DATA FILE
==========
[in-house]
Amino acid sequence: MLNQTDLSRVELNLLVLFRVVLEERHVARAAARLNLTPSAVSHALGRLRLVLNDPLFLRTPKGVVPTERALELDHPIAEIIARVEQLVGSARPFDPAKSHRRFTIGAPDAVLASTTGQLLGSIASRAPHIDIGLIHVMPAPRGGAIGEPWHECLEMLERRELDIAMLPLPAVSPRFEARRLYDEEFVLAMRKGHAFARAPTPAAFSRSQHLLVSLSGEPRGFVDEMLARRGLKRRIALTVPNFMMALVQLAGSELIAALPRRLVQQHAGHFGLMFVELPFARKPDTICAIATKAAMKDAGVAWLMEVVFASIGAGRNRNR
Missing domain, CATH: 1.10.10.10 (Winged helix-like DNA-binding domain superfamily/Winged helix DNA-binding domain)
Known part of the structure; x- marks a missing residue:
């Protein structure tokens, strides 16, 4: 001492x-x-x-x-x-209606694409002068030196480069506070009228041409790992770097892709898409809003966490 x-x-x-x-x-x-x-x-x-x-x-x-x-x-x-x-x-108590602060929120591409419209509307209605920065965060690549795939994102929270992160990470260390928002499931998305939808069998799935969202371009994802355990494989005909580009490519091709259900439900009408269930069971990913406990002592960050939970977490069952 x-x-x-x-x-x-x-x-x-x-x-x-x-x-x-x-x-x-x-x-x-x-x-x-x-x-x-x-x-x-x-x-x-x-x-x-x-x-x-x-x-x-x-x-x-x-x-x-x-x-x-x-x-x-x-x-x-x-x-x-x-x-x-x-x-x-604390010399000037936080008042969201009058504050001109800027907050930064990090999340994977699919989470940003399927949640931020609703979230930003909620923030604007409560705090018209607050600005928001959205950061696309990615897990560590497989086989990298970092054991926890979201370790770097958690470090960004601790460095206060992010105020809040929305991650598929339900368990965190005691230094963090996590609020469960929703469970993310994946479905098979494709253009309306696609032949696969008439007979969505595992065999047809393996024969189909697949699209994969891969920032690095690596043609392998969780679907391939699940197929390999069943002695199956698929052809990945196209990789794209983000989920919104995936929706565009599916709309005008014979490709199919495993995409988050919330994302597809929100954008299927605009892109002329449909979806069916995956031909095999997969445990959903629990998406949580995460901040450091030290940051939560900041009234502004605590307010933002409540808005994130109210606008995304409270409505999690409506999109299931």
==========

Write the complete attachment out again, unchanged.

[in-house]
Amino acid sequence: MLNQTDLSRVELNLLVLFRVVLEERHVARAAARLNLTPSAVSHALGRLRLVLNDPLFLRTPKGVVPTERALELDHPIAEIIARVEQLVGSARPFDPAKSHRRFTIGAPDAVLASTTGQLLGSIASRAPHIDIGLIHVMPAPRGGAIGEPWHECLEMLERRELDIAMLPLPAVSPRFEARRLYDEEFVLAMRKGHAFARAPTPAAFSRSQHLLVSLSGEPRGFVDEMLARRGLKRRIALTVPNFMMALVQLAGSELIAALPRRLVQQHAGHFGLMFVELPFARKPDTICAIATKAAMKDAGVAWLMEVVFASIGAGRNRNR
Missing domain, CATH: 1.10.10.10 (Winged helix-like DNA-binding domain superfamily/Winged helix DNA-binding domain)
Known part of the structure; x- marks a missing residue:
């Protein structure tokens, strides 16, 4: 001492x-x-x-x-x-209606694409002068030196480069506070009228041409790992770097892709898409809003966490 x-x-x-x-x-x-x-x-x-x-x-x-x-x-x-x-x-108590602060929120591409419209509307209605920065965060690549795939994102929270992160990470260390928002499931998305939808069998799935969202371009994802355990494989005909580009490519091709259900439900009408269930069971990913406990002592960050939970977490069952 x-x-x-x-x-x-x-x-x-x-x-x-x-x-x-x-x-x-x-x-x-x-x-x-x-x-x-x-x-x-x-x-x-x-x-x-x-x-x-x-x-x-x-x-x-x-x-x-x-x-x-x-x-x-x-x-x-x-x-x-x-x-x-x-x-x-604390010399000037936080008042969201009058504050001109800027907050930064990090999340994977699919989470940003399927949640931020609703979230930003909620923030604007409560705090018209607050600005928001959205950061696309990615897990560590497989086989990298970092054991926890979201370790770097958690470090960004601790460095206060992010105020809040929305991650598929339900368990965190005691230094963090996590609020469960929703469970993310994946479905098979494709253009309306696609032949696969008439007979969505595992065999047809393996024969189909697949699209994969891969920032690095690596043609392998969780679907391939699940197929390999069943002695199956698929052809990945196209990789794209983000989920919104995936929706565009599916709309005008014979490709199919495993995409988050919330994302597809929100954008299927605009892109002329449909979806069916995956031909095999997969445990959903629990998406949580995460901040450091030290940051939560900041009234502004605590307010933002409540808005994130109210606008995304409270409505999690409506999109299931």